North America’s housing market had been running hot since the onset of the Covid-19 pandemic, as shifting labour market trends, demand for single-family properties and ultra-low interest rates fueled a generational surge in home buying. As attention now shifts to affordability, economists are debating the impact of rising interest rates on real estate demand.
2021 was a breakthrough year for residential real estate sales across North America, with home sales in Canada hitting record highs and existing home sales in the United States reaching their highest level in 15 years. However, the outlook changed considerably in 2022 as the Bank of Canada (BoC) and United States Federal Reserve implemented their most aggressive policy shift in decades.
Central bank policy impacts the housing market indirectly as banks and other lenders begin to pass on the costs of higher interest rates to borrowers. In Canada, the BoC raised rates by a full percentage point at its July policy meeting, pushing its benchmark interest rate to 2.5%. That followed three consecutive upward adjustments since March of this year. As a result, Canadian home sales have fallen for a fourth consecutive month. Although home prices have also declined in consecutive months, as of June, they remain 14.9% higher compared with last year. In the United States, existing home sales have declined for five consecutive months, with June sales down 14.2% compared with 12 months earlier.
Although demand has weakened in recent months, the limited supply of properties on the market continues to be a principal driver behind elevated home values. Home values in major urban centres have declined from their peaks, but the overall supply-demand imbalance in the market is expected to keep prices elevated in the near term. U.S. housing inventories were at 7.7 months in May 2022, a figure that reflects the monthly supply of available homes for sale to satisfy current market demand. In Canada, that figure was 3.1 months in June after falling to a low of 1.8 months in March. The long-term average is more than five months.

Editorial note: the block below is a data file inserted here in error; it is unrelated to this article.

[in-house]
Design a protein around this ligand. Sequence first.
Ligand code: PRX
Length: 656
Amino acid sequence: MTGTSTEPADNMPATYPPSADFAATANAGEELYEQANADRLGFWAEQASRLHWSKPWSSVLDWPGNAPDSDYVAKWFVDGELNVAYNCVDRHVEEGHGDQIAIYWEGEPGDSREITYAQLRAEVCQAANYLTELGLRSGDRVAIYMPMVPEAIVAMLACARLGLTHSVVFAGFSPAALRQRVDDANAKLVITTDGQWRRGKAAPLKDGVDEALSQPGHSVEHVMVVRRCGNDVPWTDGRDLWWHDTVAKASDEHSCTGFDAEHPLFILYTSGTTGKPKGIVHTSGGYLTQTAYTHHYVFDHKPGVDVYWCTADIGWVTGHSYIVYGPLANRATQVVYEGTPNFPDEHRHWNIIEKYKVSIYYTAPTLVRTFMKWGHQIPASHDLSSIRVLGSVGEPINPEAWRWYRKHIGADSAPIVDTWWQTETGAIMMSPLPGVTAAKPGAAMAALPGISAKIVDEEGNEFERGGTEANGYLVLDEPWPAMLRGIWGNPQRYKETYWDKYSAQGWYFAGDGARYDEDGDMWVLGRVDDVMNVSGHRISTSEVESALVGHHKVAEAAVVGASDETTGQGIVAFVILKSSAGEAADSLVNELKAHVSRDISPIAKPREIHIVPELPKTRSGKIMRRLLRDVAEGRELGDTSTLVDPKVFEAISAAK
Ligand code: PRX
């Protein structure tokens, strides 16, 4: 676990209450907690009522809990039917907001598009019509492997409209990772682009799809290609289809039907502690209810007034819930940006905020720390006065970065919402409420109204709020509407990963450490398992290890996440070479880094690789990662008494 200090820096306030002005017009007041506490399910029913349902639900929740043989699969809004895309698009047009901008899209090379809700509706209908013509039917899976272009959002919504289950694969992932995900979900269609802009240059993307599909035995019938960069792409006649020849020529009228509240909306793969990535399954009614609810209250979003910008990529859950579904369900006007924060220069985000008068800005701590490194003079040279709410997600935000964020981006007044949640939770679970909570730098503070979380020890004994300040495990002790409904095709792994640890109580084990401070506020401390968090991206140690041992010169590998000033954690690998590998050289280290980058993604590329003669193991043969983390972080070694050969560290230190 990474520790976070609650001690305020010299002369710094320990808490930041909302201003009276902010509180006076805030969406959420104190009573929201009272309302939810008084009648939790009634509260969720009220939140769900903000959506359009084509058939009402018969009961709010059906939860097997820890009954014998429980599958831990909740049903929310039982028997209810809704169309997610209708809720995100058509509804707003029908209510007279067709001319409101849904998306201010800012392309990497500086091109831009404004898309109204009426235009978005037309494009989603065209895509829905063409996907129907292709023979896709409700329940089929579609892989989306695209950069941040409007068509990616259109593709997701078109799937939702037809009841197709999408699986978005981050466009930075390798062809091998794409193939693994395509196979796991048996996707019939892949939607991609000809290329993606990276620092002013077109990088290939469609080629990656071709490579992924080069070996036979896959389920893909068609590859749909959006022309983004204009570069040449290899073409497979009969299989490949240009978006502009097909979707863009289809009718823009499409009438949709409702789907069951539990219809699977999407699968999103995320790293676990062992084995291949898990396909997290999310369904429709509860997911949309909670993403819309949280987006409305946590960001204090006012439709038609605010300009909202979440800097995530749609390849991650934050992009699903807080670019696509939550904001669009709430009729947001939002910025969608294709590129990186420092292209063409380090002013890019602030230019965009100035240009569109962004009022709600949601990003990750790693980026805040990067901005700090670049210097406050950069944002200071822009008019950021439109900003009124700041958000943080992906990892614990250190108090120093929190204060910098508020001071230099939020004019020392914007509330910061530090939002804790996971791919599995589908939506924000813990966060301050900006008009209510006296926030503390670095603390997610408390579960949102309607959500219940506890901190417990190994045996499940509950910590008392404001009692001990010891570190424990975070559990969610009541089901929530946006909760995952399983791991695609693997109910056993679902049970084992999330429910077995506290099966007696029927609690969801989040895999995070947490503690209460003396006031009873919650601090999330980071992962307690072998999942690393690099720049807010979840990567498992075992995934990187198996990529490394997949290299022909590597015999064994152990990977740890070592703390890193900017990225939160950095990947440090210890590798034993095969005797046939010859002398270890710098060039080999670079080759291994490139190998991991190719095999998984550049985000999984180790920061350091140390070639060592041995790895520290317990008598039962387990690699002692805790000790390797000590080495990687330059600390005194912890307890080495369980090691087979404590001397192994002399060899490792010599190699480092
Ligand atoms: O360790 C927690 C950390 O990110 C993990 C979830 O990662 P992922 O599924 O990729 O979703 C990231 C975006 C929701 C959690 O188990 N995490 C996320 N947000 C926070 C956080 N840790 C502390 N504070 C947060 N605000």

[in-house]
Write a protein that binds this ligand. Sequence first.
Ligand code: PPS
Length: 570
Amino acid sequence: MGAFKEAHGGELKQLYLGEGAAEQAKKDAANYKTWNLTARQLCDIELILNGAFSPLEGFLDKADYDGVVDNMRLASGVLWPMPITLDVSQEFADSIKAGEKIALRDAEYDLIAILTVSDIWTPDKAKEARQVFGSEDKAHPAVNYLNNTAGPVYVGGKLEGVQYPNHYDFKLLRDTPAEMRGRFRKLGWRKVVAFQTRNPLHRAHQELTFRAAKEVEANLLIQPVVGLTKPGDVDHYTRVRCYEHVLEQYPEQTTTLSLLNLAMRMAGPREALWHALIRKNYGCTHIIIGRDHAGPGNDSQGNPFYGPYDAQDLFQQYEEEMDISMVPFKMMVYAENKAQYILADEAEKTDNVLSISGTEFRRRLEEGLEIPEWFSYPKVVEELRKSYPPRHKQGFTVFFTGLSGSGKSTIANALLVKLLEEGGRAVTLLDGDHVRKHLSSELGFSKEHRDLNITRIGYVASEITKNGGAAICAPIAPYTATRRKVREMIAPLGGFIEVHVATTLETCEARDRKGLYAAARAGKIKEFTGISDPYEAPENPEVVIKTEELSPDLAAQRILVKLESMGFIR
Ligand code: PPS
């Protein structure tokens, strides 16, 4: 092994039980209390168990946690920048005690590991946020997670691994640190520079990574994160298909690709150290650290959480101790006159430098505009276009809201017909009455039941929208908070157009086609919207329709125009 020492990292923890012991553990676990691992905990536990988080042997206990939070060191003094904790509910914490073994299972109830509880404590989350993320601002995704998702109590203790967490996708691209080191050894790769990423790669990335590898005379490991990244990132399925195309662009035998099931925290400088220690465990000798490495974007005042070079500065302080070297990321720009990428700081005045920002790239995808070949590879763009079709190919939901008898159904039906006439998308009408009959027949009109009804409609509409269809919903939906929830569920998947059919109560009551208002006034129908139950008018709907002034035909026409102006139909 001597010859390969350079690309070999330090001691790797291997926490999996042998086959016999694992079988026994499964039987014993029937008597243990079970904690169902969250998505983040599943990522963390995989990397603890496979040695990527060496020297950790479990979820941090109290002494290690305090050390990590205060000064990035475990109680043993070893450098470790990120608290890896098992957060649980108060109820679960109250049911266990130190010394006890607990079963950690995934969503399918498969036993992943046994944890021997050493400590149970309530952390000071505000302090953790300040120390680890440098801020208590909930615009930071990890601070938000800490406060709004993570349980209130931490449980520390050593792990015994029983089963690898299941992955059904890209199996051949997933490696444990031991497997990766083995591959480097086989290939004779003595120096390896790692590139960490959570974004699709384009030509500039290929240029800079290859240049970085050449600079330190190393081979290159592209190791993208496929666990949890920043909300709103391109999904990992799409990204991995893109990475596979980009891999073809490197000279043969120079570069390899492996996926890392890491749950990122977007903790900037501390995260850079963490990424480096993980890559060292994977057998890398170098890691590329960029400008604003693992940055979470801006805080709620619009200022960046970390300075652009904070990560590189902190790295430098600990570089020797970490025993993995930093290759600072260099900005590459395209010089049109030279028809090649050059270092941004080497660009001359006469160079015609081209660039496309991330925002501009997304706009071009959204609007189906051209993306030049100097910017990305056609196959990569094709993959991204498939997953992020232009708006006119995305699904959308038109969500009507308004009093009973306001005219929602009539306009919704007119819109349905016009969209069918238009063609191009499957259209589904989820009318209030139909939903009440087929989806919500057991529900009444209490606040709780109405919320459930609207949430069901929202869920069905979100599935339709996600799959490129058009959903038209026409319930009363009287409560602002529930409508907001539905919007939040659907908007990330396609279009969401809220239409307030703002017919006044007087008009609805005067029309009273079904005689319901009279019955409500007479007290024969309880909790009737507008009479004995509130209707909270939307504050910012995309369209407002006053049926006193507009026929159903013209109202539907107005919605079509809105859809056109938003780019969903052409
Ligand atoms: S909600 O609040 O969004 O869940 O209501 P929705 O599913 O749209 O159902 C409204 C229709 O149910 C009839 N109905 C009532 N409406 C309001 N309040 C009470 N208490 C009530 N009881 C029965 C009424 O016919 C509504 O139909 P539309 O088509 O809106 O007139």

Central Banks Respond to Inflation
The home-buying spree that many Canadians and Americans have experienced over the past two years was stoked by record-low interest rates, as central banks mounted a coordinated response to the Covid-19 pandemic. As we mentioned at the outset, the BoC and U.S. Fed are both now aggressively raising rates to combat a generational surge in inflation and elevated levels in the CPI. Following successive rate hikes since March, both central banks are expected to continue raising rates through the end of 2022, albeit at smaller increments than the full percentage point and 75 basis-point hikes pursued by the Fed and BoC, respectively, earlier this year.
Because central-bank policy impacts mortgages indirectly, mortgage rates have already risen sharply. In Canada, fixed mortgage rates are already beyond pre-pandemic levels.
The 5-year fixed mortgage rate tracks closely with the 5-year Government of Canada bond yield. Source: RBC Economics.
In the U.S., mortgage rates have risen to the highest level since 2009, with the benchmark 30-year fixed-rate mortgage now well above 5%.
U.S. mortgage rates are soaring as the Fed embarks on a tighter monetary regime. Source: Freddie Mac.
As inflation erodes the purchasing power of cash, consumers are negatively impacted by rising prices. While labour market conditions are improving and wages are rising, the pace of earnings growth remains far below the rate of inflation. The housing sector is also dealing with inflation in the form of rising commodity prices and increased labour costs. Steel, lumber and copper prices have risen sharply over the past year, resulting in fewer construction projects getting off the ground in the United States.
Despite these headwinds, North America’s broad economic reopening amid recent economic turmoil is expected to lead to higher consumer spending, rebounding business confidence and much-improved workforce trends. Canada’s unemployment rate has set multiple record lows this year, with the latest being the 4.9% print in June. In the United States, the unemployment rate has also returned to pre-pandemic levels. However, these figures mask declining or stagnating labour force participation rates in both countries.
Canada appears to have staved off recessionary risks, for now, with gross domestic product (GDP) expanding for 11 straight months until May, when it declined slightly. According to the Federal Reserve Bank of Atlanta, the United States appears to be already in recession, which is described as back-to-back quarters of negative GDP growth.
As traditional lending markets continue to tighten, Mortgage Investment Corporations (MICs) are in a prime position to meet the unique financing needs of Canada’s mortgage market. CMI has been providing mortgage investment services for more than 15 years. To learn more about our industry-leading CMI MIC Funds, contact an investment manager for a free consultation.
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